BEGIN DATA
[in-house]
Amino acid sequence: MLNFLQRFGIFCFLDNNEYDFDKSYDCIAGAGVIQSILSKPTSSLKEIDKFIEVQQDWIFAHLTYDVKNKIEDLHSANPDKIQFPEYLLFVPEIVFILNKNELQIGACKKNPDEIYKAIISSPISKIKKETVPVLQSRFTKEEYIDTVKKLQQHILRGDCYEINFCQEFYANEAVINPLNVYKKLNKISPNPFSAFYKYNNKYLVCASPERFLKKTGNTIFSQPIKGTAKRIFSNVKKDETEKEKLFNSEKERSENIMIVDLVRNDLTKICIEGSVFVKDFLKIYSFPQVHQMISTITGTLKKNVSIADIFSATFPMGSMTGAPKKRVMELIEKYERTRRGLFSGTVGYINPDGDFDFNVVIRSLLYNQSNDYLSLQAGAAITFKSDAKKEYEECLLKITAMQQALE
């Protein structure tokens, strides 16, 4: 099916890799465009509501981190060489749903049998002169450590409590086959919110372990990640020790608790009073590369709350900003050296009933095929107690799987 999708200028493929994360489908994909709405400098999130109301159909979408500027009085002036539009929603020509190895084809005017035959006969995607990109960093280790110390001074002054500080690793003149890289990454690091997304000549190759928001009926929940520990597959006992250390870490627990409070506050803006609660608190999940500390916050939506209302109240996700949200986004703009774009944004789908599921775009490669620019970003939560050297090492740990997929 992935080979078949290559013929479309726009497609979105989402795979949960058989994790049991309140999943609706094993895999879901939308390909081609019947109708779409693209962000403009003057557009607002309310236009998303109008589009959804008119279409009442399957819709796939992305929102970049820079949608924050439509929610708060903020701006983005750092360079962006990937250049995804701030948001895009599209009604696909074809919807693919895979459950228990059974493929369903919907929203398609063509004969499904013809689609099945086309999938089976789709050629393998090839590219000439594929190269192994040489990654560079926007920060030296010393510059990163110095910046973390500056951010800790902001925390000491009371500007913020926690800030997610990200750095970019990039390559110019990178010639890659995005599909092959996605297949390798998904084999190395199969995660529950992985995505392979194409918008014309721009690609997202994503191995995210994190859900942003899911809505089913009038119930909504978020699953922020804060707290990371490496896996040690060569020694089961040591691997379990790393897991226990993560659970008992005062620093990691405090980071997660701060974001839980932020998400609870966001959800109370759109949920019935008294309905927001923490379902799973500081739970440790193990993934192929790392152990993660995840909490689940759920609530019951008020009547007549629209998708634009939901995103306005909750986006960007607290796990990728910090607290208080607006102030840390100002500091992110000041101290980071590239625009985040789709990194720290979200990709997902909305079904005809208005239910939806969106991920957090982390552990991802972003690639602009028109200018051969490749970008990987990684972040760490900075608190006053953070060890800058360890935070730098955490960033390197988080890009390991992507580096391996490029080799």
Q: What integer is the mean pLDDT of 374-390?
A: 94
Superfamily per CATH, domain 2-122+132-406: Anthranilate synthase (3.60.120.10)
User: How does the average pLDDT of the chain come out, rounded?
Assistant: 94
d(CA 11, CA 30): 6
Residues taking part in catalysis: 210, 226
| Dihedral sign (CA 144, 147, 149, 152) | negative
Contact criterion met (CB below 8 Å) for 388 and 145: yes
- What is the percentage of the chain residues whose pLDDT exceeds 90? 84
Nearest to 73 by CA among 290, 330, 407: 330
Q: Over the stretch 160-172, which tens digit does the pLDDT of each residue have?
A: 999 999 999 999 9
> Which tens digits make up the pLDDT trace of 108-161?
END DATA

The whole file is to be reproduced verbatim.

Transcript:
[in-house]
Amino acid sequence: MLNFLQRFGIFCFLDNNEYDFDKSYDCIAGAGVIQSILSKPTSSLKEIDKFIEVQQDWIFAHLTYDVKNKIEDLHSANPDKIQFPEYLLFVPEIVFILNKNELQIGACKKNPDEIYKAIISSPISKIKKETVPVLQSRFTKEEYIDTVKKLQQHILRGDCYEINFCQEFYANEAVINPLNVYKKLNKISPNPFSAFYKYNNKYLVCASPERFLKKTGNTIFSQPIKGTAKRIFSNVKKDETEKEKLFNSEKERSENIMIVDLVRNDLTKICIEGSVFVKDFLKIYSFPQVHQMISTITGTLKKNVSIADIFSATFPMGSMTGAPKKRVMELIEKYERTRRGLFSGTVGYINPDGDFDFNVVIRSLLYNQSNDYLSLQAGAAITFKSDAKKEYEECLLKITAMQQALE
């Protein structure tokens, strides 16, 4: 099916890799465009509501981190060489749903049998002169450590409590086959919110372990990640020790608790009073590369709350900003050296009933095929107690799987 999708200028493929994360489908994909709405400098999130109301159909979408500027009085002036539009929603020509190895084809005017035959006969995607990109960093280790110390001074002054500080690793003149890289990454690091997304000549190759928001009926929940520990597959006992250390870490627990409070506050803006609660608190999940500390916050939506209302109240996700949200986004703009774009944004789908599921775009490669620019970003939560050297090492740990997929 992935080979078949290559013929479309726009497609979105989402795979949960058989994790049991309140999943609706094993895999879901939308390909081609019947109708779409693209962000403009003057557009607002309310236009998303109008589009959804008119279409009442399957819709796939992305929102970049820079949608924050439509929610708060903020701006983005750092360079962006990937250049995804701030948001895009599209009604696909074809919807693919895979459950228990059974493929369903919907929203398609063509004969499904013809689609099945086309999938089976789709050629393998090839590219000439594929190269192994040489990654560079926007920060030296010393510059990163110095910046973390500056951010800790902001925390000491009371500007913020926690800030997610990200750095970019990039390559110019990178010639890659995005599909092959996605297949390798998904084999190395199969995660529950992985995505392979194409918008014309721009690609997202994503191995995210994190859900942003899911809505089913009038119930909504978020699953922020804060707290990371490496896996040690060569020694089961040591691997379990790393897991226990993560659970008992005062620093990691405090980071997660701060974001839980932020998400609870966001959800109370759109949920019935008294309905927001923490379902799973500081739970440790193990993934192929790392152990993660995840909490689940759920609530019951008020009547007549629209998708634009939901995103306005909750986006960007607290796990990728910090607290208080607006102030840390100002500091992110000041101290980071590239625009985040789709990194720290979200990709997902909305079904005809208005239910939806969106991920957090982390552990991802972003690639602009028109200018051969490749970008990987990684972040760490900075608190006053953070060890800058360890935070730098955490960033390197988080890009390991992507580096391996490029080799």
Q: What integer is the mean pLDDT of 374-390?
A: 94
Superfamily per CATH, domain 2-122+132-406: Anthranilate synthase (3.60.120.10)
User: How does the average pLDDT of the chain come out, rounded?
Assistant: 94
d(CA 11, CA 30): 6
Residues taking part in catalysis: 210, 226
| Dihedral sign (CA 144, 147, 149, 152) | negative
Contact criterion met (CB below 8 Å) for 388 and 145: yes
- What is the percentage of the chain residues whose pLDDT exceeds 90? 84
Nearest to 73 by CA among 290, 330, 407: 330
Q: Over the stretch 160-172, which tens digit does the pLDDT of each residue have?
A: 999 999 999 999 9
> Which tens digits make up the pLDDT trace of 108-161?